Ethical Implications Of Cloning

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Over the past few years the ethical implications of cloning have become a topic of discussion for many academics. This is due to the birth of Dolly the sheep in 1997, the first cloned mammal by Somatic Cell Nuclear Transfer. The cloning of the sheep was seen as a major leap in the field of cloning mammals and in particular humans. (FIGO Committee, 2006). This essay will argue in favour of cloning and show that the ethical implications are insignificant when analytically examined. The argument will focus on eugenics; the pressure placed on clones and apparent reduced diversity caused by cloning.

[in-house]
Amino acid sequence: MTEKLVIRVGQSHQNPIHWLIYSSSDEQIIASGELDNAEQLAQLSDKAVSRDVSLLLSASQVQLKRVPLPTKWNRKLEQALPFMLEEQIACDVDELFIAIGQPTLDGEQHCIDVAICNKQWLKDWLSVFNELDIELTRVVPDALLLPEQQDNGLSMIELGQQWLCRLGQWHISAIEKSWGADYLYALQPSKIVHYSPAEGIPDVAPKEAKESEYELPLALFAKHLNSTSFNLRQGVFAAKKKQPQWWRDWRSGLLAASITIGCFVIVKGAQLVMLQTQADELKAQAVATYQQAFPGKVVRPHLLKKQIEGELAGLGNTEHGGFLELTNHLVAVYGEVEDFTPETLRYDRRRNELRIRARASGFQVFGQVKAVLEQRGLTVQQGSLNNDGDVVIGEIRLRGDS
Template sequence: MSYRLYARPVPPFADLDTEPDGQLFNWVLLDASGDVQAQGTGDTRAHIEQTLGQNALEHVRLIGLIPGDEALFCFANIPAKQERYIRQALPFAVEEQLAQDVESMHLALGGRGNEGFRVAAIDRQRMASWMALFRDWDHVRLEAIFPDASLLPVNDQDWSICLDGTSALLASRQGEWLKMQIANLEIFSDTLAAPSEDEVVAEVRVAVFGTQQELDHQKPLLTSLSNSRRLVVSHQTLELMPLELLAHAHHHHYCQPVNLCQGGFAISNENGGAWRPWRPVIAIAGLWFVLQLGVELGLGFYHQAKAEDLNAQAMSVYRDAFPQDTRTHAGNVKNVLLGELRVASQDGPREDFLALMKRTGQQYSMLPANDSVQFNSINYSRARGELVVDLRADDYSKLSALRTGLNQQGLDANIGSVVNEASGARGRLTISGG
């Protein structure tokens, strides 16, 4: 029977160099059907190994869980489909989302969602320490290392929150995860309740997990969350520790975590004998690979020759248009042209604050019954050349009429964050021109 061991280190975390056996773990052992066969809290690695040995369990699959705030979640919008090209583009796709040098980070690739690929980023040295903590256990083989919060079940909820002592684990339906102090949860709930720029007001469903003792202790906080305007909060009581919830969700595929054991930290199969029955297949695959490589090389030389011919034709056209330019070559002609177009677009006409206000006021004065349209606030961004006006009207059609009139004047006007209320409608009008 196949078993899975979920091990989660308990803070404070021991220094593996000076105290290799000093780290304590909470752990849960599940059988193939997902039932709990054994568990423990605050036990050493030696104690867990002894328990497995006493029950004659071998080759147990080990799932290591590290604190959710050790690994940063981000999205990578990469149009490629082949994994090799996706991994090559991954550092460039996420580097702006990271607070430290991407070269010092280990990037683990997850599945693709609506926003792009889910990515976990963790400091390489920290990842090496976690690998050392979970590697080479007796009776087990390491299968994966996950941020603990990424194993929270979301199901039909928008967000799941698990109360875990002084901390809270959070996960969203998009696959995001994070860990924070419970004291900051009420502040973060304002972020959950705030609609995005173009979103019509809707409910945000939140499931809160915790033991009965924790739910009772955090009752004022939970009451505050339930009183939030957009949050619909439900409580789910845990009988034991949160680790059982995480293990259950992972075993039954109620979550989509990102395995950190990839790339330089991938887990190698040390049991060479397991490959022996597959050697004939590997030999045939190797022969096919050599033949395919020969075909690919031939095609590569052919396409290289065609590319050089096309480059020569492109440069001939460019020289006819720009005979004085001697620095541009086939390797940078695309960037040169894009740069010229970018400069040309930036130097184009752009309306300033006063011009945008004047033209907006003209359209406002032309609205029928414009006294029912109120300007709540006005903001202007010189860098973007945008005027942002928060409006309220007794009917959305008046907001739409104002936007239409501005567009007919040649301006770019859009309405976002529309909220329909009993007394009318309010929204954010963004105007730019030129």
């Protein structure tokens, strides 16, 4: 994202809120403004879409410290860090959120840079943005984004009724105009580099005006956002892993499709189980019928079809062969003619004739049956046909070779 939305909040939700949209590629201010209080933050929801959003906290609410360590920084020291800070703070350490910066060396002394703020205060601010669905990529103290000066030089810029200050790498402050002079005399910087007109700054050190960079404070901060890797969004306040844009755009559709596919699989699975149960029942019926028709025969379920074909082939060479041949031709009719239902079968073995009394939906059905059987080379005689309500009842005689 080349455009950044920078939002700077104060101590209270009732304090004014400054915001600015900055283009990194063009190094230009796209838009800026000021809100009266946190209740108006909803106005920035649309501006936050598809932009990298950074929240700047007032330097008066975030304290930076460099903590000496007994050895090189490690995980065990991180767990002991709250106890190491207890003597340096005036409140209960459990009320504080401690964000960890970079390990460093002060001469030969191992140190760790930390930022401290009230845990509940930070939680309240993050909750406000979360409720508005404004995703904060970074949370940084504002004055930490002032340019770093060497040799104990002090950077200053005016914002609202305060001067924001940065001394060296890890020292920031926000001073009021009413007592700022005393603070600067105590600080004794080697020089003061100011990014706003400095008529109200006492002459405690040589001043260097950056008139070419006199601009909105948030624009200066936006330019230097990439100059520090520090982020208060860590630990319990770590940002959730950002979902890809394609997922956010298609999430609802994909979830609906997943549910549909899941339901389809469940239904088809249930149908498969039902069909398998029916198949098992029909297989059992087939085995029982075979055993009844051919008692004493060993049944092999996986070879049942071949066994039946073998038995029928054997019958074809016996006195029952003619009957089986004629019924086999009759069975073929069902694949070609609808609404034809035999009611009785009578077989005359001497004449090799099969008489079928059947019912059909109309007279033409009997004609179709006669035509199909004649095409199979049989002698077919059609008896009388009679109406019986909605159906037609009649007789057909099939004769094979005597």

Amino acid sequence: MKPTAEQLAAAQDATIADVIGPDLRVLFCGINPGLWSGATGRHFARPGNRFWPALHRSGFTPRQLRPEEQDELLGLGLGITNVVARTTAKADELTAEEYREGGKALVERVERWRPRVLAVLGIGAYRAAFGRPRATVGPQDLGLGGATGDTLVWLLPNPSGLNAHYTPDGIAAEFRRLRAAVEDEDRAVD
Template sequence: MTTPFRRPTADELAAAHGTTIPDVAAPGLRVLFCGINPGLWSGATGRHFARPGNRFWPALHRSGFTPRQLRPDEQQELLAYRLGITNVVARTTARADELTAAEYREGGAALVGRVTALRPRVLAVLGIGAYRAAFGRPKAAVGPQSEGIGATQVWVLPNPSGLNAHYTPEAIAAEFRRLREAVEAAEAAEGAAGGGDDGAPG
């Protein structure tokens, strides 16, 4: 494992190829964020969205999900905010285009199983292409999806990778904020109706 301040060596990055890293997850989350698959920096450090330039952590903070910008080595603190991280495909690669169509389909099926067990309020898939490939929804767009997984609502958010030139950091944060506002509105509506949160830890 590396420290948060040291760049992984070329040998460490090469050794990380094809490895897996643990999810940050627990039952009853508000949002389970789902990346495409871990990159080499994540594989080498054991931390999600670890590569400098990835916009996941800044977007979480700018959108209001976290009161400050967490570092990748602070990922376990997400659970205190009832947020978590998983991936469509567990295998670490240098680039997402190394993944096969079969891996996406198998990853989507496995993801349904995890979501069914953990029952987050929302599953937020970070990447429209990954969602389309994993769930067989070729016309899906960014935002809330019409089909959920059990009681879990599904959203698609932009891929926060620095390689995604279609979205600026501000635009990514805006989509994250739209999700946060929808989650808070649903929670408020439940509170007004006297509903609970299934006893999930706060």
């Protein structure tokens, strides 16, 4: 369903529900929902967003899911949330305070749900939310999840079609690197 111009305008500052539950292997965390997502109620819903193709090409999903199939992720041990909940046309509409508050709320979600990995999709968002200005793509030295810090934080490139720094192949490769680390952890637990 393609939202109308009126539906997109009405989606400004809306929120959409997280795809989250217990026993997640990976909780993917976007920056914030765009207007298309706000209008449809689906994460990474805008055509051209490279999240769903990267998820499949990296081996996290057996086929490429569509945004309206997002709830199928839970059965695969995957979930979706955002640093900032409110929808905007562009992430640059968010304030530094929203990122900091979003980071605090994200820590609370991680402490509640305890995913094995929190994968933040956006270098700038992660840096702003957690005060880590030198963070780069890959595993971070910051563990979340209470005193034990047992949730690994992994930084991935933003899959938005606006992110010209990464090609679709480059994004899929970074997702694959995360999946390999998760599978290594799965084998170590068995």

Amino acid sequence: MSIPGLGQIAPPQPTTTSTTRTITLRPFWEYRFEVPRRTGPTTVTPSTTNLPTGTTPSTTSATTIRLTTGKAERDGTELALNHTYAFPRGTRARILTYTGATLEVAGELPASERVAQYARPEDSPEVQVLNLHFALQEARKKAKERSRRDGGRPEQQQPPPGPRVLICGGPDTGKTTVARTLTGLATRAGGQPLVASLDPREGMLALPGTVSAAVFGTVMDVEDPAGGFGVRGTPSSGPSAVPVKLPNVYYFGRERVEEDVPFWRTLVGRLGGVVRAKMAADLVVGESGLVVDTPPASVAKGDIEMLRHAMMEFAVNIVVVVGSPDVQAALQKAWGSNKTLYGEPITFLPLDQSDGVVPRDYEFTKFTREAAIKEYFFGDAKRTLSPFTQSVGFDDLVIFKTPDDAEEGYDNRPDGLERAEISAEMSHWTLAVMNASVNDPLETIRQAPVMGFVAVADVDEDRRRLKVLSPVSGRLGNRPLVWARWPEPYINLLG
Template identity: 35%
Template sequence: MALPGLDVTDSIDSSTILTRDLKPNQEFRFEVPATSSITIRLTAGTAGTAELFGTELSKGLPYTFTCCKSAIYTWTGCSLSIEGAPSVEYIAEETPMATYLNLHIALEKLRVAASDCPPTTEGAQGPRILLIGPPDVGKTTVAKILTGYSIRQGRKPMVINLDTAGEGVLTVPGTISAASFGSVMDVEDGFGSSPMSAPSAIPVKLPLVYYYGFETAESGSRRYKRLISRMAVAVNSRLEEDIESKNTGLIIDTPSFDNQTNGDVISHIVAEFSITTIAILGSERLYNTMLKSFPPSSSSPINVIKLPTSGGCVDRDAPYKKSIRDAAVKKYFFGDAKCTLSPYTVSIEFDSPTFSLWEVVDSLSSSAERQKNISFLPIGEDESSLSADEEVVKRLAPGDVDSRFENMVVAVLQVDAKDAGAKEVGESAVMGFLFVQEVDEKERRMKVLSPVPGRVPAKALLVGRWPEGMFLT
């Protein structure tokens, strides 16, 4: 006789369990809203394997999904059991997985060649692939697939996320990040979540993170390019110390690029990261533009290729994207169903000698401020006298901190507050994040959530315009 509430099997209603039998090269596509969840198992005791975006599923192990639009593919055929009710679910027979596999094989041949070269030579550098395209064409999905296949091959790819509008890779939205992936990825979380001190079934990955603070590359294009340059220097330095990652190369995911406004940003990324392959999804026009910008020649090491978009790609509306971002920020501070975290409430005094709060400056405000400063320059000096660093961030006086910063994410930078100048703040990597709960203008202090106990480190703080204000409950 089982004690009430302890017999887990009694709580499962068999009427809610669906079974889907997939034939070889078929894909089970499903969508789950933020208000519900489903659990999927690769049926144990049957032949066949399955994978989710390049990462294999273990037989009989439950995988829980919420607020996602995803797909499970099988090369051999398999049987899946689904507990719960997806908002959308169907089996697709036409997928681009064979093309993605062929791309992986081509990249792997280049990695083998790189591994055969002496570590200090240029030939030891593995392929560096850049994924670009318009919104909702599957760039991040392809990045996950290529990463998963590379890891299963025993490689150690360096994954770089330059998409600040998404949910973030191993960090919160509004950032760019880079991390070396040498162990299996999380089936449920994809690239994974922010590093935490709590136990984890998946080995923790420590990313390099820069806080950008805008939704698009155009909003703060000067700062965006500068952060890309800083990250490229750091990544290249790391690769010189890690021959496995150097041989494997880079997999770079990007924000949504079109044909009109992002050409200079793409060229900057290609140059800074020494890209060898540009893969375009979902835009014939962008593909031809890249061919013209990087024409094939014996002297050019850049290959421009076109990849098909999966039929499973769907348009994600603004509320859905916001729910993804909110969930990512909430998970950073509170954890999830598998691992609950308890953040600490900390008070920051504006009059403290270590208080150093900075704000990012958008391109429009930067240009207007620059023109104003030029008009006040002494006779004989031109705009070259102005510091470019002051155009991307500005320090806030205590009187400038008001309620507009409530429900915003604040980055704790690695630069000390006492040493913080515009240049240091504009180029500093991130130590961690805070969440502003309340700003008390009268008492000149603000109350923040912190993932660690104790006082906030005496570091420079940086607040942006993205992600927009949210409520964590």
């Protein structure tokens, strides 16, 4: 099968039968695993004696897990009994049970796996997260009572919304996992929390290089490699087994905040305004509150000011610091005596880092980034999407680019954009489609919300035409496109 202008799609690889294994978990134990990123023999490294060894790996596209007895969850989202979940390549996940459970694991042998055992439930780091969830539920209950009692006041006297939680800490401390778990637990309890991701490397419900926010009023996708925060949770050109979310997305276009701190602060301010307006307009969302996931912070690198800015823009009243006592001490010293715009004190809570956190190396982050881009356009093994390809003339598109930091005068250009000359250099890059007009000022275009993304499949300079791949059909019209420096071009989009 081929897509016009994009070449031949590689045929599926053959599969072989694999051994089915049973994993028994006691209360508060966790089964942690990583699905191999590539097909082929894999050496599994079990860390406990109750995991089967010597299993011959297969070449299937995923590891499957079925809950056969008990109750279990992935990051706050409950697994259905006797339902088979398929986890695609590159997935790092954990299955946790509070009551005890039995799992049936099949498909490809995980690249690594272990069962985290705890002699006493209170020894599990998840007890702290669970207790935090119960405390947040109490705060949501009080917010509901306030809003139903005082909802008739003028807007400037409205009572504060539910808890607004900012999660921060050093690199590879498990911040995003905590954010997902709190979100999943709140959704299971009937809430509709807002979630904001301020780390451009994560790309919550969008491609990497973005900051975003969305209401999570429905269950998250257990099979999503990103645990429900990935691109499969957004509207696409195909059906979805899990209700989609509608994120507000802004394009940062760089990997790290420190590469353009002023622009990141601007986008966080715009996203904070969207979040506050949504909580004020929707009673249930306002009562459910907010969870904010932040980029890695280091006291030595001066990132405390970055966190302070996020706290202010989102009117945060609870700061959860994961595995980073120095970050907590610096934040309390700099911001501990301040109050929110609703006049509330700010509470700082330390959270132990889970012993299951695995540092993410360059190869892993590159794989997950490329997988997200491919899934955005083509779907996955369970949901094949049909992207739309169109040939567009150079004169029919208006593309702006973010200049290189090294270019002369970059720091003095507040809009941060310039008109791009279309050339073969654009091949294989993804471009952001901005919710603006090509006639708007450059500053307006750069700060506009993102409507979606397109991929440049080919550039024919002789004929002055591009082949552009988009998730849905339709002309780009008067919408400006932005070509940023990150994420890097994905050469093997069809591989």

Eugenics is the field of science that focuses on the improvement of a population by artificial and physical means. (Galton, 1904) It is done either by microscopically altering a genetic code or by influencing the breeding of different individuals. It can cause much hurt and pain if employed by the wrong people for the wrong reasons. The Nazis employed a method of eugenics during World War II in which they attempted to remove any ‘undesirable’ characteristics by eliminating the people that expressed these traits, it was brutal. Critics of cloning argue that when a human being is cloned only those with ‘desirable’ characteristics are chosen and this is a form of eugenics that is bias and unnatural. While their point is valid their view is only applicable when looking at the superficial, “surface” characteristics of an individual. However, the bad stigma that is attached to eugenics is

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